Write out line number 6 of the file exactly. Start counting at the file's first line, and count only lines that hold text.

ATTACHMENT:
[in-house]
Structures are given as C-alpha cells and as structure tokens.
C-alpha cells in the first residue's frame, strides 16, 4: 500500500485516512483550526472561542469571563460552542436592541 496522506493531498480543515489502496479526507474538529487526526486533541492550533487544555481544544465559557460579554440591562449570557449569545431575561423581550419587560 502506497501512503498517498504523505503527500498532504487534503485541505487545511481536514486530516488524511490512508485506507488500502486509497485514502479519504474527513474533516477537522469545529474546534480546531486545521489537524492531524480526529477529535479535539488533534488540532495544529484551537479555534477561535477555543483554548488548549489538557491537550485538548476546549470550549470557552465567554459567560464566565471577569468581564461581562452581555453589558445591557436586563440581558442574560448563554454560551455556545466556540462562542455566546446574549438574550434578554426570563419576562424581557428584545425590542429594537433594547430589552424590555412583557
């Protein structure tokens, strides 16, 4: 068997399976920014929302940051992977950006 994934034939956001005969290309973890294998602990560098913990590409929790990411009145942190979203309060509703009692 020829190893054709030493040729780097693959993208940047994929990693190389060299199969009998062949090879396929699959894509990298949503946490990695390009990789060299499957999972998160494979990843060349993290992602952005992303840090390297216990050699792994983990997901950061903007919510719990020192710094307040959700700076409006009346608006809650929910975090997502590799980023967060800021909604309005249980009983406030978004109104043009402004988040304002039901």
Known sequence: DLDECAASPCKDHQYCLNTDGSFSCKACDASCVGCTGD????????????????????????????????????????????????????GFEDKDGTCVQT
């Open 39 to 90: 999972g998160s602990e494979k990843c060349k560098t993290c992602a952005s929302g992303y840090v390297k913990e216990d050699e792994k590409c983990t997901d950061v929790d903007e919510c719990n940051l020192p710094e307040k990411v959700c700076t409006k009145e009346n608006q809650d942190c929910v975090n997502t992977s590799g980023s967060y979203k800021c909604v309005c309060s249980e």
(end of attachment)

């Open 39 to 90: 999972g998160s602990e494979k990843c060349k560098t993290c992602a952005s929302g992303y840090v390297k913990e216990d050699e792994k590409c983990t997901d950061v929790d903007e919510c719990n940051l020192p710094e307040k990411v959700c700076t409006k009145e009346n608006q809650d942190c929910v975090n997502t992977s590799g980023s967060y979203k800021c909604v309005c309060s249980e």